By DARLENE SUPERVILLE, Associated Press
WASHINGTON — Michelle Obama’s campaign against childhood obesity moved a step forward Wednesday with the announcement that Wal-Mart and other retailers plan to open or expand 1,500 stores in areas without broad access to fresh fruit, vegetables and other healthy foods over the next few years.
Company executives were joining the first lady at the White House for a formal announcement.
Mrs. Obama is leading a nationwide effort to lower childhood obesity rates, including by making fresh and healthier foods more widely available. She has urged grocers to expand into so-called “food deserts,” which are rural or poor areas without many grocery stores.
The White House says nearly 24 million people, including 6.5 million children, live in such areas. Studies have shown that limited access to healthy foods like fruits and vegetables can lead to higher levels of obesity and diet-related diseases.
Wal-Mart Stores Inc. says it will open 275 to 300 locations in urban and rural areas by 2016. The company, the nation’s largest retailer, estimates that the stores will expand food options in more than 700 of these “food deserts,” serving about 1.3 million people living in those areas.
Walgreen Co., a drug store chain, is expected to announce that it will convert or open 1,000 stores in areas that need healthier choices over the next five years, said company spokesman Jim Cohn. The new stores will sell whole fruits and vegetables along with pre-cut fruit salads and green salads, according to the White House.
Supervalu Inc. has committed to opening 250 Save-A-Lot stores over the next five years.
Several regional retailers have also promised to build or expand more than 10 stores in Pennsylvania, Alabama, Tennessee and Maryland, the White House said.
Wednesday’s announcement also was cast as a jobs creator.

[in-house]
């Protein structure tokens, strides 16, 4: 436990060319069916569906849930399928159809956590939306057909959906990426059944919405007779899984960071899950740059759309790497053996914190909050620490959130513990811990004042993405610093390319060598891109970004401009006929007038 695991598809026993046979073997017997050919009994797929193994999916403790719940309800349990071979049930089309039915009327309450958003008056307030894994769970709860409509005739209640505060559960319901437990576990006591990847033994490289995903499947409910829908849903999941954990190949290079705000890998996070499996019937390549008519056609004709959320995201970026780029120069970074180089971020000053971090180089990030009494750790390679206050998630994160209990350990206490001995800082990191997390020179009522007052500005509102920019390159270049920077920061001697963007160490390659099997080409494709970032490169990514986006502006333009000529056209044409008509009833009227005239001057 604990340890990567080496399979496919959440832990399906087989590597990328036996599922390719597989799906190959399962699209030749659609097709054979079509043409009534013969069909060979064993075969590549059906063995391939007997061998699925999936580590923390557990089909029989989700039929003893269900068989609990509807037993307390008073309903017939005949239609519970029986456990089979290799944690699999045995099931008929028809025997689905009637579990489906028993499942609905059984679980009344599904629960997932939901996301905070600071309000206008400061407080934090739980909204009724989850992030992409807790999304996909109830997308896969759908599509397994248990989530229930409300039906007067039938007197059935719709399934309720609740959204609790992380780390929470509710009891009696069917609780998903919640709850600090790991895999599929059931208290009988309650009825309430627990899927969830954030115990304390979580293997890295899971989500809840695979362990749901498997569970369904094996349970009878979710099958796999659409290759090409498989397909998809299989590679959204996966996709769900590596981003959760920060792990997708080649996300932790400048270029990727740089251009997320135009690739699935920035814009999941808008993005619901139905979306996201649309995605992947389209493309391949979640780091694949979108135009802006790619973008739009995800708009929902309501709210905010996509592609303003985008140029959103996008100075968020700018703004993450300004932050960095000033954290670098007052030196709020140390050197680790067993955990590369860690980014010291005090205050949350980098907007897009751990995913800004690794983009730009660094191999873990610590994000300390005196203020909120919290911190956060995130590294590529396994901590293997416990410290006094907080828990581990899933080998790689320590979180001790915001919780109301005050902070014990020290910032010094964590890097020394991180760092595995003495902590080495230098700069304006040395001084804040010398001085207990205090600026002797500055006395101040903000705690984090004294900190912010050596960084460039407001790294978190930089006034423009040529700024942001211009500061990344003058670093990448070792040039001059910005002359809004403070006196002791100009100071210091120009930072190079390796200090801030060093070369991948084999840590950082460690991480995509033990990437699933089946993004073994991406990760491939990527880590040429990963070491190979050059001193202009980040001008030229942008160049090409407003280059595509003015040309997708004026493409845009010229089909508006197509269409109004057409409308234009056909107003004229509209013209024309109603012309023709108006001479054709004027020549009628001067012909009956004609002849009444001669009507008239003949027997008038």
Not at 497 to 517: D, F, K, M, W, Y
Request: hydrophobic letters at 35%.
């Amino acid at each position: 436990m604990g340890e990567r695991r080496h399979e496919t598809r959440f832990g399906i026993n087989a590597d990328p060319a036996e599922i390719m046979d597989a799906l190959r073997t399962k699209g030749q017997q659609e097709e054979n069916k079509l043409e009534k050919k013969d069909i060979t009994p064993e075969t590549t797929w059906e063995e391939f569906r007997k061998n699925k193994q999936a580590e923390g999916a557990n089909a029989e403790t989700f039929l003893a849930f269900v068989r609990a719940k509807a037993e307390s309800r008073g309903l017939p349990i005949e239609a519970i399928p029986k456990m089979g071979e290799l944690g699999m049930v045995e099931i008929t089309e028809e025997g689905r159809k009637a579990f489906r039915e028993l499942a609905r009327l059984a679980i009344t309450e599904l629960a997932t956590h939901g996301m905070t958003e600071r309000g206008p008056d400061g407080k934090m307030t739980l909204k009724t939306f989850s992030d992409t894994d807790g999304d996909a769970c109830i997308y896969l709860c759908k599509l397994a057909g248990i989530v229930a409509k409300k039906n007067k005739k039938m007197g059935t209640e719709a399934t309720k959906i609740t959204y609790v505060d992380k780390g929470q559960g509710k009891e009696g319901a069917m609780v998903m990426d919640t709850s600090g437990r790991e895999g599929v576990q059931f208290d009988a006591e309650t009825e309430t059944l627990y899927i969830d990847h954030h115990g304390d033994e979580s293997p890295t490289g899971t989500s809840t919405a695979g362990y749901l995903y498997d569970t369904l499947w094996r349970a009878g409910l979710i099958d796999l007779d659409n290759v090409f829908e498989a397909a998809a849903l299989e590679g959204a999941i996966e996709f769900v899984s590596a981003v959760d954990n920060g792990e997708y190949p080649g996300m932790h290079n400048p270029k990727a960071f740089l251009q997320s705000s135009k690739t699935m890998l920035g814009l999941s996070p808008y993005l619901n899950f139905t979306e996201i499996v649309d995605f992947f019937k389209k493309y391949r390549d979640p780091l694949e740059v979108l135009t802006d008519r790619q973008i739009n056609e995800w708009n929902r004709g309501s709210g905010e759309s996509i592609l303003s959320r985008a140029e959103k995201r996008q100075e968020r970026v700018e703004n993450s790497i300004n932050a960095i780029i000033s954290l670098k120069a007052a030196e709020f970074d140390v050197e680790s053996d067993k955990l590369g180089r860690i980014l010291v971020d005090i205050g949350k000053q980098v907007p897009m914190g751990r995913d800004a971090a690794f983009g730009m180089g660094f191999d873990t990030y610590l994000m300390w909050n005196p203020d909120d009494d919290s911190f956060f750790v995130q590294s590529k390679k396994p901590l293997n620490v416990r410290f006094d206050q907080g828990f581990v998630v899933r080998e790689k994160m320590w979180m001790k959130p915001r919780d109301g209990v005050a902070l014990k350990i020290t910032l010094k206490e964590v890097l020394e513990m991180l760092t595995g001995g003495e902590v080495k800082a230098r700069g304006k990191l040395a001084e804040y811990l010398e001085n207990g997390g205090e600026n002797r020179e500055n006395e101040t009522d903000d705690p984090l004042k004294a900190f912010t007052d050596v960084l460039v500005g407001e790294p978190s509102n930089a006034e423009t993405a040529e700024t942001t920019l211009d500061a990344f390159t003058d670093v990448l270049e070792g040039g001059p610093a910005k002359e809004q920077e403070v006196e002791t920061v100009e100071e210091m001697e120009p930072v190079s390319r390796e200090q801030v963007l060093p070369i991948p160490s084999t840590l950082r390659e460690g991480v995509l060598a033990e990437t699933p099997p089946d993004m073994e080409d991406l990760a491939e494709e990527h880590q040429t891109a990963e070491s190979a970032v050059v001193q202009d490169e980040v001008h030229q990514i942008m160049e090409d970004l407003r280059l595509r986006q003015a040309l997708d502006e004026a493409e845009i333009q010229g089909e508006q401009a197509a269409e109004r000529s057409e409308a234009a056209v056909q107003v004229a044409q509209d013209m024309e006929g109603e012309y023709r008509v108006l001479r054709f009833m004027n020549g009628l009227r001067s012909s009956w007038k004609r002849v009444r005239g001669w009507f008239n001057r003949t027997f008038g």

Wal-Mart expects to put more than 40,000 people to work in the new stores while Supervalu estimated creating 6,000 jobs, according to the companies and the White House.
Mrs. Obama’s appearance with Wal-Mart will be her second this year.
In January, she joined the retailers’ executives as they pledged to reformulate thousands of products to make them healthier and push its vast network of suppliers to also reduce the amount of sodium and added sugars in some items, lower prices on produce and develop a logo to easily identify healthier foods.
As the nation’s largest retailer, Wal-Mart’s size gives it unique power to shape what people eat. The company also has huge influence on products made by other manufacturers and sold in its stores.
Wal-Mart’s size and status has also made it a target for criticism from labor unions and others who oppose its expansion into cities. Local officials, however, have been more receptive as they look for ways to boost job growth amid a slow economic recovery and an unemployment rate above 9 percent.
Brian Sozzi, a retail analyst at Wall Street Strategies, said the move by Wal-Mart to align itself with the first lady’s effort could help smooth its access into new markets.
“It’s nice spin,” Sozzi said. “It improves the image and gets people excited about Wal-Mart coming into town.”
Leslie Dach, Wal-Mart executive vice president for corporate affairs, said many of the new stores had cleared the company’s internal decision-making process but remained subject to local approval.
Dach, who spoke to reporters on a conference call before the White House event, said communities have become less hostile to having Wal-Mart in the neighborhood because of the jobs and lower prices.
“We have become a better neighbor and a better company over the last several years,” he said.